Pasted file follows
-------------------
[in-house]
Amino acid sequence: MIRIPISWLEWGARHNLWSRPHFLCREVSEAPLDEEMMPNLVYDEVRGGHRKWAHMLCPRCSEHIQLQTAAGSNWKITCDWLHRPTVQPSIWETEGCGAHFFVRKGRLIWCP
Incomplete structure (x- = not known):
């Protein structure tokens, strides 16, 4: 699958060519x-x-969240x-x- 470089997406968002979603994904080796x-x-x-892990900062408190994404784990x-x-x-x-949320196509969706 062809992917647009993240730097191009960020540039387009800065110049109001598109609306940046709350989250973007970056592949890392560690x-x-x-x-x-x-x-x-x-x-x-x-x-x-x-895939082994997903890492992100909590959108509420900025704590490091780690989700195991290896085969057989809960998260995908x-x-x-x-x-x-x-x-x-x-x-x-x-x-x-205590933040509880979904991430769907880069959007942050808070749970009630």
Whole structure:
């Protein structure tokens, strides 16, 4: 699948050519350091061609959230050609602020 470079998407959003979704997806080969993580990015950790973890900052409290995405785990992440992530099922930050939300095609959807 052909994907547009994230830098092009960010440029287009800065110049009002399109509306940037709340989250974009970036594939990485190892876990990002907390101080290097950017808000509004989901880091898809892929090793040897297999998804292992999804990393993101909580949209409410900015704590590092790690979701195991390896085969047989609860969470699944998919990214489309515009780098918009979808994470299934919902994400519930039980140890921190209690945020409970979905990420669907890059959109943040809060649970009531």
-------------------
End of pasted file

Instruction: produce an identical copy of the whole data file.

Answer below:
[in-house]
Amino acid sequence: MIRIPISWLEWGARHNLWSRPHFLCREVSEAPLDEEMMPNLVYDEVRGGHRKWAHMLCPRCSEHIQLQTAAGSNWKITCDWLHRPTVQPSIWETEGCGAHFFVRKGRLIWCP
Incomplete structure (x- = not known):
């Protein structure tokens, strides 16, 4: 699958060519x-x-969240x-x- 470089997406968002979603994904080796x-x-x-892990900062408190994404784990x-x-x-x-949320196509969706 062809992917647009993240730097191009960020540039387009800065110049109001598109609306940046709350989250973007970056592949890392560690x-x-x-x-x-x-x-x-x-x-x-x-x-x-x-895939082994997903890492992100909590959108509420900025704590490091780690989700195991290896085969057989809960998260995908x-x-x-x-x-x-x-x-x-x-x-x-x-x-x-205590933040509880979904991430769907880069959007942050808070749970009630």
Whole structure:
């Protein structure tokens, strides 16, 4: 699948050519350091061609959230050609602020 470079998407959003979704997806080969993580990015950790973890900052409290995405785990992440992530099922930050939300095609959807 052909994907547009994230830098092009960010440029287009800065110049009002399109509306940037709340989250974009970036594939990485190892876990990002907390101080290097950017808000509004989901880091898809892929090793040897297999998804292992999804990393993101909580949209409410900015704590590092790690979701195991390896085969047989609860969470699944998919990214489309515009780098918009979808994470299934919902994400519930039980140890921190209690945020409970979905990420669907890059959109943040809060649970009531």